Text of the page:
“The main target of this research is to observe the relation between social media and online support sites in distressed environments. At the dawn of the conflict in Ukraine, we noticed a surge of social media posts sharing online resources. It was our target to focus on the information ecosystem at large, thus we collected datasets from multiple social networks, which then resulted in a dataset of over 68 million posts.”
The large dataset of over 68 million posts was collected over a three-month period — from February to April 2022 —beginning two days prior to the invasion. Across the dataset, over 19.9 million URLs were inspected across 520K web domains.
“Throughout the three-month period, we were able to collect a good amount of data that supported our idea of social media being a force for social good despite all the misinformation and propaganda that has been circulating.”
Twitter has the highest number of shared URLs – making up 77.10% of all support URLs across all four social media platforms. However, Instagram and YouTube had a higher percentage of support URLs shared – accounting for 2.51% and 1.62% – indicating its potential to serve as a source of support and aid (Ye, J., Jindal, N., Pierri, F., & Luceri, L. 2023).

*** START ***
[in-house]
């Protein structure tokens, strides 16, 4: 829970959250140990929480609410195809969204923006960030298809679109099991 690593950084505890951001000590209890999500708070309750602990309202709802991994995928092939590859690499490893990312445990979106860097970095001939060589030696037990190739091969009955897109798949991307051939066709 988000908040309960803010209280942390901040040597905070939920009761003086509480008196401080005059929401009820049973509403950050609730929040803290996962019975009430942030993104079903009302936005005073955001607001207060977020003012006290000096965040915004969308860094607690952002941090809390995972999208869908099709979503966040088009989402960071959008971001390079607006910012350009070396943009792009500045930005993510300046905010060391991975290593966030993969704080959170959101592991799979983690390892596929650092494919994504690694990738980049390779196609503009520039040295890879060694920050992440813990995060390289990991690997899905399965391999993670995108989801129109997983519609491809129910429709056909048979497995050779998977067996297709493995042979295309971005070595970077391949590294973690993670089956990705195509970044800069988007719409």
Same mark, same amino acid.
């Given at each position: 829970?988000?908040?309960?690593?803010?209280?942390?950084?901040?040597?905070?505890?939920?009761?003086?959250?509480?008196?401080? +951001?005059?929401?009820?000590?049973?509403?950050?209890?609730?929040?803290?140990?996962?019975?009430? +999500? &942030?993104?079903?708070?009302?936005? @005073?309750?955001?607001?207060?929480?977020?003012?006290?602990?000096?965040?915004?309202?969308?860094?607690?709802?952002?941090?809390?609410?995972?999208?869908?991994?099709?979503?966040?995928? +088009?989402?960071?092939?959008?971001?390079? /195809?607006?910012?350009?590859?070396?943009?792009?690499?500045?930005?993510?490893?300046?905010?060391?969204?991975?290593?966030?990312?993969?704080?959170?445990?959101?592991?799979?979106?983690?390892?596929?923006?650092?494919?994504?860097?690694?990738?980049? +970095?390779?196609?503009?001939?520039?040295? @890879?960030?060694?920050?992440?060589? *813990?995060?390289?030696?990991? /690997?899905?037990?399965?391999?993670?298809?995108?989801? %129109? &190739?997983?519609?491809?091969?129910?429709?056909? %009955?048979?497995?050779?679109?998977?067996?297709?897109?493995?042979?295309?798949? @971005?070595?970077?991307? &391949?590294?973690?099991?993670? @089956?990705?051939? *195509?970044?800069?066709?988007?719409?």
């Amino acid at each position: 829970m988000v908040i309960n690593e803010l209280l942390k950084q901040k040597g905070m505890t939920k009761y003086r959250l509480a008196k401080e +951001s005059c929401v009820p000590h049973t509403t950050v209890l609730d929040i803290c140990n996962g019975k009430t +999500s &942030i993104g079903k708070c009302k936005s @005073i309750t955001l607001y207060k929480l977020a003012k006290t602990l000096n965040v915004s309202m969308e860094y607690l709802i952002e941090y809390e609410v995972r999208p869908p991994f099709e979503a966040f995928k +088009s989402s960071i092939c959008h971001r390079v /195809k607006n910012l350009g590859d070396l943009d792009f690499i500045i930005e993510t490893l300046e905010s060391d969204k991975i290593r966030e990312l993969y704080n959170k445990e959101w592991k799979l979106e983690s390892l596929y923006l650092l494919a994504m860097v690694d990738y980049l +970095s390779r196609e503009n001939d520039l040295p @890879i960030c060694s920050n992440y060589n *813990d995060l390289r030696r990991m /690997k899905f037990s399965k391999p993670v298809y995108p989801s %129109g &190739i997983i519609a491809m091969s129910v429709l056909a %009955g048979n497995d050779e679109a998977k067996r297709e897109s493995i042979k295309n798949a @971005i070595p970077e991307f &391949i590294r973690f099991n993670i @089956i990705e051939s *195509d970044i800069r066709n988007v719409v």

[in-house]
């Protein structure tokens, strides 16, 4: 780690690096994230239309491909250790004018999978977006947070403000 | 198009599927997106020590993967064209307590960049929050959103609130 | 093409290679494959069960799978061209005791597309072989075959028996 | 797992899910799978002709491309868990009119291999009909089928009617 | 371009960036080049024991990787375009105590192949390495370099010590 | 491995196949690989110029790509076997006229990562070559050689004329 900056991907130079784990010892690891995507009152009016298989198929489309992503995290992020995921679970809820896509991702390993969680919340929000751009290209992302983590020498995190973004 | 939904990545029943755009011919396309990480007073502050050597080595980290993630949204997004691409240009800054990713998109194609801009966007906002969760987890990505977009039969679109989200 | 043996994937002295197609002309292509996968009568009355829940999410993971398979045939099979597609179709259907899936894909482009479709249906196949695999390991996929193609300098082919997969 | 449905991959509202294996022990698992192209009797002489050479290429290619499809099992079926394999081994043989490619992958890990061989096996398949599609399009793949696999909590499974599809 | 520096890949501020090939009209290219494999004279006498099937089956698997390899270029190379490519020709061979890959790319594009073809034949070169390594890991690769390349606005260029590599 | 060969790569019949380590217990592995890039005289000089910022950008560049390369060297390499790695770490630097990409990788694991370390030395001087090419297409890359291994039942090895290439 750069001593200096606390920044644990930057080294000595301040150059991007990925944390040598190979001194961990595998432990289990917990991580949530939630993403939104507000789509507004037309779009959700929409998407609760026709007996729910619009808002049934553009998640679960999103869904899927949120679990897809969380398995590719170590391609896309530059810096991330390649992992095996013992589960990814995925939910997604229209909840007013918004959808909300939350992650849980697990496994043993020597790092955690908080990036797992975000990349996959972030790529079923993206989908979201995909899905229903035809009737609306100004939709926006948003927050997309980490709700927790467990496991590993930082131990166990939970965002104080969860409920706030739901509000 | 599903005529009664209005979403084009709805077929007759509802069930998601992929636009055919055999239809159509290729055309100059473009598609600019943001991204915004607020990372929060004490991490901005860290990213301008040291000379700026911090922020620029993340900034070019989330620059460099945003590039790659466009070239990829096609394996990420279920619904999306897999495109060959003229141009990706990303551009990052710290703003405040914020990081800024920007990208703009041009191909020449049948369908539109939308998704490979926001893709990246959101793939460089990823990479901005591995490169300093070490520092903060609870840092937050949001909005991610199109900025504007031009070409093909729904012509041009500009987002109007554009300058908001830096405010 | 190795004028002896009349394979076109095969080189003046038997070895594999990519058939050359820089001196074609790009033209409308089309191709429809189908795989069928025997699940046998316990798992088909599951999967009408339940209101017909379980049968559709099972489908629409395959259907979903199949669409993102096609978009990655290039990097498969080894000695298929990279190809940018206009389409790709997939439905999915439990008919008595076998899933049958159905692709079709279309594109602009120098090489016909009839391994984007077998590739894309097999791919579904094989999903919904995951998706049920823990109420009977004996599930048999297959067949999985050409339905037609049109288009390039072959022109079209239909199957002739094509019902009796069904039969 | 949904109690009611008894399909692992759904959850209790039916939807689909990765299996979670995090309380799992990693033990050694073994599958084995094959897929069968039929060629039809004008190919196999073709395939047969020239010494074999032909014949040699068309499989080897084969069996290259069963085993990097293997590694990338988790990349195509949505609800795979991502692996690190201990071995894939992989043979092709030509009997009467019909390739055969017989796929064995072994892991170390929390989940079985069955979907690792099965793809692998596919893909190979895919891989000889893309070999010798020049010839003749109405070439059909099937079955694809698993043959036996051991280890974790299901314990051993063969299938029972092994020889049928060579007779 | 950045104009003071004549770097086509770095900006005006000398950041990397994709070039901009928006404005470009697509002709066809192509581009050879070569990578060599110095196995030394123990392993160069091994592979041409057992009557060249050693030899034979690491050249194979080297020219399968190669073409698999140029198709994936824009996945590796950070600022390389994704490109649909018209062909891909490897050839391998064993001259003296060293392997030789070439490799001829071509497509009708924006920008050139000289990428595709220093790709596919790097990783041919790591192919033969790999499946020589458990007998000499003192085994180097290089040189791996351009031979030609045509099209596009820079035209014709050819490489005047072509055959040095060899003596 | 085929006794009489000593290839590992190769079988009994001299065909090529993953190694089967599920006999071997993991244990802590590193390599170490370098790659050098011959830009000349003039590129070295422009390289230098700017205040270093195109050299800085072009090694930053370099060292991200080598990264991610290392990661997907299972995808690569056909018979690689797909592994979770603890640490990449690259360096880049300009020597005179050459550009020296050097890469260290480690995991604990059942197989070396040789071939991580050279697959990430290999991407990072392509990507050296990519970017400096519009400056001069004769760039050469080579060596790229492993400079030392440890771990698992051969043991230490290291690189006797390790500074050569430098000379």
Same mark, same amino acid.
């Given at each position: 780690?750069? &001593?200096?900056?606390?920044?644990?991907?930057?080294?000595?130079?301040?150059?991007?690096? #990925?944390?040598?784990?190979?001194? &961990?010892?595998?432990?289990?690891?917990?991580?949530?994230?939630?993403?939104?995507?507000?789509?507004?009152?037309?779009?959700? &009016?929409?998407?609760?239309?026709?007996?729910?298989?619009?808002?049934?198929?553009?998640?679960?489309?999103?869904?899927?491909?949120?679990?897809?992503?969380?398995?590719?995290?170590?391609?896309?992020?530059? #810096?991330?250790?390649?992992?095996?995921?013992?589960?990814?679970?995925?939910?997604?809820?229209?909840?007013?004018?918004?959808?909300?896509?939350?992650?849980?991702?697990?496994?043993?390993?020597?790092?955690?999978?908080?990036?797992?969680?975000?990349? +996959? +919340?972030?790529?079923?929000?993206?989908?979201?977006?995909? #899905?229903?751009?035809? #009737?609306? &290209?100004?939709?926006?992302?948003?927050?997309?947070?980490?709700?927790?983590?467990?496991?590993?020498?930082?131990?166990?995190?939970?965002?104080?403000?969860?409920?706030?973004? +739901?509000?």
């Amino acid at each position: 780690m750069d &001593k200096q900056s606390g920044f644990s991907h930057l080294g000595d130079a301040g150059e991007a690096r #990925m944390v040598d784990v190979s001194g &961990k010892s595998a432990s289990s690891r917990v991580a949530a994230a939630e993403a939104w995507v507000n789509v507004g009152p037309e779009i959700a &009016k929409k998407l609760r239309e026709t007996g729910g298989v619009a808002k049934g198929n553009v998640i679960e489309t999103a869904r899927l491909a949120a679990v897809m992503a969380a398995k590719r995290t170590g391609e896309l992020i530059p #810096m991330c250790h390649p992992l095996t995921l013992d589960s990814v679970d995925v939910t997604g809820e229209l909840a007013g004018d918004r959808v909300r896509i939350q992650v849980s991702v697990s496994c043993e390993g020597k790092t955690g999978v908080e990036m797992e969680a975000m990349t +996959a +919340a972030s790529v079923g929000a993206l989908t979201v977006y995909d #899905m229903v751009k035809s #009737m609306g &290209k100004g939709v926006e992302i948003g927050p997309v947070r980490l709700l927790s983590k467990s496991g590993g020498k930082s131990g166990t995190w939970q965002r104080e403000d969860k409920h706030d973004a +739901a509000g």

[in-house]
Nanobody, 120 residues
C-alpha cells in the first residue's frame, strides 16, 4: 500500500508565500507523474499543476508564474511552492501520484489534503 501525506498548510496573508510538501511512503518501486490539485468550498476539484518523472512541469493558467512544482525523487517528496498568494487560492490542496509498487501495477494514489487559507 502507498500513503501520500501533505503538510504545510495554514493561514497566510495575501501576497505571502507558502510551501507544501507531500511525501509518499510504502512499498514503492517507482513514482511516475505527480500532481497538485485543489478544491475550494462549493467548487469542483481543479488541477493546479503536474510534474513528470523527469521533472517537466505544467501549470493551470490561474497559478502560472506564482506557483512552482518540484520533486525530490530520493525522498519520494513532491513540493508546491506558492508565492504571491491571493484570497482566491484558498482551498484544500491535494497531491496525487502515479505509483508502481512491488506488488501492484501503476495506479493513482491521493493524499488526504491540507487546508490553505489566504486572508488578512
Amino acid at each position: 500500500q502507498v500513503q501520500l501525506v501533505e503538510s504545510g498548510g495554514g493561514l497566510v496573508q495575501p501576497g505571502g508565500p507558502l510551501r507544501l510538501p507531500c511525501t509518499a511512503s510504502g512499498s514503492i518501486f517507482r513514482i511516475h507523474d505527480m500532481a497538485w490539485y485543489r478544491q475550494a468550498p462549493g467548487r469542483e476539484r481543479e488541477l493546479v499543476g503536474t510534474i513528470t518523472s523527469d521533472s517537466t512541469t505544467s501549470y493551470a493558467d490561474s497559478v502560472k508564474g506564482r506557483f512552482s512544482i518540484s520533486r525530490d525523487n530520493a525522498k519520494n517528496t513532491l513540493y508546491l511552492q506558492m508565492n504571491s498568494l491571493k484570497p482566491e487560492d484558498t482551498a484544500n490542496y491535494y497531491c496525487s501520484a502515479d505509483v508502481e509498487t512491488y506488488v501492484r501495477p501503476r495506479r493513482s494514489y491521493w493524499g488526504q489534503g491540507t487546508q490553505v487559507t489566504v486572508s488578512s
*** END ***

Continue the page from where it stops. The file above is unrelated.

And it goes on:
The top 10 most shared support sites included: Patreon, GoFundMe, Google Docs, UN Refugee Agency, National Bank of Ukraine, the Ukrainian Official Website of the war (war.ukraine.ua), Google Forms, PayPal, Come Back Alive, and the International Committee of the Red Cross.
The impact of social good during times of crisis will continue shaping an avenue for those wanting to support others in times of crisis.
Crowdsourcing and Crowdfunding
Various forms of aid have circulated on social media during the Russia-Ukraine conflict. According to Luceri, the most prevalent forms of social support have been crowdsourcing and crowdfunding.
“Twitter, Facebook, Instagram, and YouTube are the four major social networks that each contributed differently to the spread of support sites based on our research. The links shared on Twitter and Facebook were more evenly distributed across crowdsourcing websites whereas Instagram and YouTube tend to focus more on crowdfunding platforms.”
Although similar in that they both primarily rely on a collective action worked by a large group of individuals, crowdsourcing is the process of sourcing information from individuals; whereas crowdfunding is the process of sourcing funds from individuals.